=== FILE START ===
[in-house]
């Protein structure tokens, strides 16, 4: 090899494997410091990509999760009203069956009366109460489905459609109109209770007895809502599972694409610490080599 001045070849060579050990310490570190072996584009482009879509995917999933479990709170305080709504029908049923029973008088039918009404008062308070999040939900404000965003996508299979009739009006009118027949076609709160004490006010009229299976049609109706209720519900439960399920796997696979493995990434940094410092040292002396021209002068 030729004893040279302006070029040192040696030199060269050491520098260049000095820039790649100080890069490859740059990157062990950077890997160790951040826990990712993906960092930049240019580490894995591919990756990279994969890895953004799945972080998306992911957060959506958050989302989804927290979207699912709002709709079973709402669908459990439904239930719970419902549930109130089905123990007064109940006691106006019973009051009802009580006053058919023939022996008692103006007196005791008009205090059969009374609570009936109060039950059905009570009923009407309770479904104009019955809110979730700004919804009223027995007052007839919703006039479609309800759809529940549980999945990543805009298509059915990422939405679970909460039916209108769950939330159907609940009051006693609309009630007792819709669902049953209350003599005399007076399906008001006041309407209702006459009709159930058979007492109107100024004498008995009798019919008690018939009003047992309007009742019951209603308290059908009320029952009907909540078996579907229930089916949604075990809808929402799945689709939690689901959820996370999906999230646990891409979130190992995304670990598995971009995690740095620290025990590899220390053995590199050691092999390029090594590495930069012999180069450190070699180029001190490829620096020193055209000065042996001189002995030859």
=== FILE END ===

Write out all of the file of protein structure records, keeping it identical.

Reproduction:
[in-house]
């Protein structure tokens, strides 16, 4: 090899494997410091990509999760009203069956009366109460489905459609109109209770007895809502599972694409610490080599 001045070849060579050990310490570190072996584009482009879509995917999933479990709170305080709504029908049923029973008088039918009404008062308070999040939900404000965003996508299979009739009006009118027949076609709160004490006010009229299976049609109706209720519900439960399920796997696979493995990434940094410092040292002396021209002068 030729004893040279302006070029040192040696030199060269050491520098260049000095820039790649100080890069490859740059990157062990950077890997160790951040826990990712993906960092930049240019580490894995591919990756990279994969890895953004799945972080998306992911957060959506958050989302989804927290979207699912709002709709079973709402669908459990439904239930719970419902549930109130089905123990007064109940006691106006019973009051009802009580006053058919023939022996008692103006007196005791008009205090059969009374609570009936109060039950059905009570009923009407309770479904104009019955809110979730700004919804009223027995007052007839919703006039479609309800759809529940549980999945990543805009298509059915990422939405679970909460039916209108769950939330159907609940009051006693609309009630007792819709669902049953209350003599005399007076399906008001006041309407209702006459009709159930058979007492109107100024004498008995009798019919008690018939009003047992309007009742019951209603308290059908009320029952009907909540078996579907229930089916949604075990809808929402799945689709939690689901959820996370999906999230646990891409979130190992995304670990598995971009995690740095620290025990590899220390053995590199050691092999390029090594590495930069012999180069450190070699180029001190490829620096020193055209000065042996001189002995030859």